Police authorities oppose residency exemption for third country clergy

Metropolitan Yevgeny of the Estonian Orthodox Church, which is under the Moscow patriarchy, was turned down for residency in 2018.
Metropolitan Yevgeny of the Estonian Orthodox Church, which is under the Moscow patriarchy, was turned down for residency in 2018. Source: Siim Lõvi /ERR

The Police and Border Guard Board (PPA) opposes a bill due for reading at the Riigikogu, which would exempt from residency rules members of the clergy who are third country citizens.

The bill would grant permanent, as opposed to temporary, residency to such persons, members of the clergy, monks and nuns, who were invited by a religious associations to serve in Estonia and whose invitation had been approved by the Ministry of the Interior, it is reported.

The PPA has written to the Minstry of the Interior stating that such an exemption, as outlined in the bill, is without justification.

Margit Ratnik, head of the PPA's identity and status bureau, noted that those third country citizens working in an ordained religious function are covered under the Aliens Act 2009, and that its precepts should thus cover them.

''The specifications of the Aliens Act are already in force and, when applying for a residence permit as a clergy member, compliance with two areas, namely the Unemployment Insurance Fund (Töötukassa) and earnings levels, is not required for temporary residence,'' said Ms Ratnik.

Clergy shouldn't get special treatment

''As with other work-based migration, members of the clergy often come to Estonia for a set period of time and then leave the country, so it is not justified that they be treated in the same way as foreigners with permanent residency,'' she continued.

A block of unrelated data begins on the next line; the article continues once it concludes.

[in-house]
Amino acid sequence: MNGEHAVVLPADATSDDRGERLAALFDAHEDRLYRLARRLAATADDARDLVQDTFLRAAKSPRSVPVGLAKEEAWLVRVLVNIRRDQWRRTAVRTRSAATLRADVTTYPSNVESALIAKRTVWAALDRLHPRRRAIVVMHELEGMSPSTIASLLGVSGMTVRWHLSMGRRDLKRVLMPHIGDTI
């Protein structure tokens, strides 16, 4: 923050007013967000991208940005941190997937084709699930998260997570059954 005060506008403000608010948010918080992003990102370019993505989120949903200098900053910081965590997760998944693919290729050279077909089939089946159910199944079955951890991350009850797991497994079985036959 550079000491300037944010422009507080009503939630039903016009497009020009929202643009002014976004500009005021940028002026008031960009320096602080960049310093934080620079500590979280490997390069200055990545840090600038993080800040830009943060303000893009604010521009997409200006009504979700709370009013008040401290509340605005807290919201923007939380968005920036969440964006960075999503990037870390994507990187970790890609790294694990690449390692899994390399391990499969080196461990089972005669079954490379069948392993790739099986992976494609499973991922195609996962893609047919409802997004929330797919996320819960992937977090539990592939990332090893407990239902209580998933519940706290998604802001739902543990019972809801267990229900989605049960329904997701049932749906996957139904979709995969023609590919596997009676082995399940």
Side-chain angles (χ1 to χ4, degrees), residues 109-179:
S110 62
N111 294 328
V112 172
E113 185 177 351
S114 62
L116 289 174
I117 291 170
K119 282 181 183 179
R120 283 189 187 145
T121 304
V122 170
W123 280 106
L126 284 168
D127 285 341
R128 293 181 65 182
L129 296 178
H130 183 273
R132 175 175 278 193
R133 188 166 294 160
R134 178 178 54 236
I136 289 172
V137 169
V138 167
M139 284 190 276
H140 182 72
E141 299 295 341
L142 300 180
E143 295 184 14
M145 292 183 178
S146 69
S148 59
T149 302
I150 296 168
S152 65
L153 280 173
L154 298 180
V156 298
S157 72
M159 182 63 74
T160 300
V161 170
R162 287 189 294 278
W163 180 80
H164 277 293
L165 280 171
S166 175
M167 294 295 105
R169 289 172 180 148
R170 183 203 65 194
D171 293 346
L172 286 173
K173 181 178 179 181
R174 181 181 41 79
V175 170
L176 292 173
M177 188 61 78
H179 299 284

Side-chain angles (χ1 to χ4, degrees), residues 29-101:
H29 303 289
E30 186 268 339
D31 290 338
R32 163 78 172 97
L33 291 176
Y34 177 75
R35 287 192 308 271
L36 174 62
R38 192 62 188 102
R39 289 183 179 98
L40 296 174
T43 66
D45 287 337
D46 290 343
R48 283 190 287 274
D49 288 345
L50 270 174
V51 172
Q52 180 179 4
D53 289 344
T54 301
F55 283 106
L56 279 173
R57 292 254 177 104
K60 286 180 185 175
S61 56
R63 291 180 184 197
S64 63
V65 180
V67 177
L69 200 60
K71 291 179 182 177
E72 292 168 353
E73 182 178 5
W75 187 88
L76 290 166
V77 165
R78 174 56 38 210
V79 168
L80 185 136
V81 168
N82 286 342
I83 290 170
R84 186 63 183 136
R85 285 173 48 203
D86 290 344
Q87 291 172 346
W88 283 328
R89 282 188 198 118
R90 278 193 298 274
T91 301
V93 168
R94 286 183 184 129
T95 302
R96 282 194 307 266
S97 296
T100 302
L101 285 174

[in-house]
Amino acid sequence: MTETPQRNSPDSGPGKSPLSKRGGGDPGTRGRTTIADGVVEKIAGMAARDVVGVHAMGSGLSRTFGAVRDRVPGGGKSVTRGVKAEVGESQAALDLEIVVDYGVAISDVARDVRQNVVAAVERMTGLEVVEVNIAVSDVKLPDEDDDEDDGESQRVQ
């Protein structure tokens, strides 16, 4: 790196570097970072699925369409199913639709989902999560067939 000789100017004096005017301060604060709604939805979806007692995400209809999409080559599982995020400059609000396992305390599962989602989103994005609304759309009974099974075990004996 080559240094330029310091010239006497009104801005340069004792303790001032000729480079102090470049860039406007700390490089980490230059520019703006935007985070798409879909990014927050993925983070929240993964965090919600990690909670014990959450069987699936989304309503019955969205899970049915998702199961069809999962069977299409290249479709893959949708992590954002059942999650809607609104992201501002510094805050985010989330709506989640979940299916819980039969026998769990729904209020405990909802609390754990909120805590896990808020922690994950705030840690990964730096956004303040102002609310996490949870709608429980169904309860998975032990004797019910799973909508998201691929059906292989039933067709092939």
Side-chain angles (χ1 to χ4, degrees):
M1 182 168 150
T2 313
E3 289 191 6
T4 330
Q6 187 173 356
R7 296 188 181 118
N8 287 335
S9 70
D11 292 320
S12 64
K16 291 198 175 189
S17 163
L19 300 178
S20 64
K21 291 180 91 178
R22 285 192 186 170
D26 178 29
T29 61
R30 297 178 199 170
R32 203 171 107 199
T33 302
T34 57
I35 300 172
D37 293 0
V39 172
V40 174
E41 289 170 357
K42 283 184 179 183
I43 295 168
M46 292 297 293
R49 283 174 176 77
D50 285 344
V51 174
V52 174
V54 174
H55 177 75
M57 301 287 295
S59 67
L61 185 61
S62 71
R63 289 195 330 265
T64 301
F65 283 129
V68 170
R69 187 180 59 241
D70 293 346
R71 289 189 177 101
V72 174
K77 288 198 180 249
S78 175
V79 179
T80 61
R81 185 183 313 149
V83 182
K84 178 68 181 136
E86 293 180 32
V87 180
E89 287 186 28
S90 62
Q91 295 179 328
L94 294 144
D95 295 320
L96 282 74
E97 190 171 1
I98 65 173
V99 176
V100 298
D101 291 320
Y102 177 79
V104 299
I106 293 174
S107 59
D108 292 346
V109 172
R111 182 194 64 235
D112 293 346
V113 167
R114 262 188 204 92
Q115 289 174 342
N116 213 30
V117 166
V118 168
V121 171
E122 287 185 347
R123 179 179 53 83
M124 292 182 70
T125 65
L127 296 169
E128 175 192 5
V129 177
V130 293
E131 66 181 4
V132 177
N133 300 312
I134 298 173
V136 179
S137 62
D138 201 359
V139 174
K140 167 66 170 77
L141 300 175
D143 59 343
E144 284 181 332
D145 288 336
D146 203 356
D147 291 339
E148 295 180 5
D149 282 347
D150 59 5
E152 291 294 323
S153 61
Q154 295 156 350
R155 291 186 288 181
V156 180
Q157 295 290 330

The principal basis in applying for permanent residence is that those in question have settled in Estonia and have adapted to living here, she argued.

''The proposed bill does not demonstrate any compelling arguments as to why working as a clergy member should be equate immediately to permanent residence in Estonia," she added.

The bill was drafted by seven MPs: Jaanus Karilad (Centre), Mart Nutt (Isamaa), Kersti Sarapuu (Centre), Artur Talvik (Richness of Life), Olga Ivanova (independent), Dmitri Dmitrijev (Centre) and Oudekki Loone (Centre).

In practice the bill would principally concern members of the Russian Orthodox Church, who would be currently covered under the Aliens Act, and whose clergy includes monks and nuns as well as priests.

In summer 2018, residency of any kind for Metropolitan Yeveny of the Estonian Orthodox Church of Moscow (ie. the Russian Orthodox Church in Estonia) was rejected, since the immigration quota for the year had already been met. Metropolitan Yevgeny, a citizen of the Russian Federation, first came to Estonia on the basis of a visa and work permit, it is reported.

The Roman Catholic Church in Estonia also has several clergy from third countries, parish priests, members of the Opus Dei order, and nuns at the Bridgettine Convent in Pirita.

EU citizens, for instance, are exempt from the act and can obtain permanent residency rights automatically, after five years of continuous temporary residence in Estonia.

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Editor: Andrew Whyte

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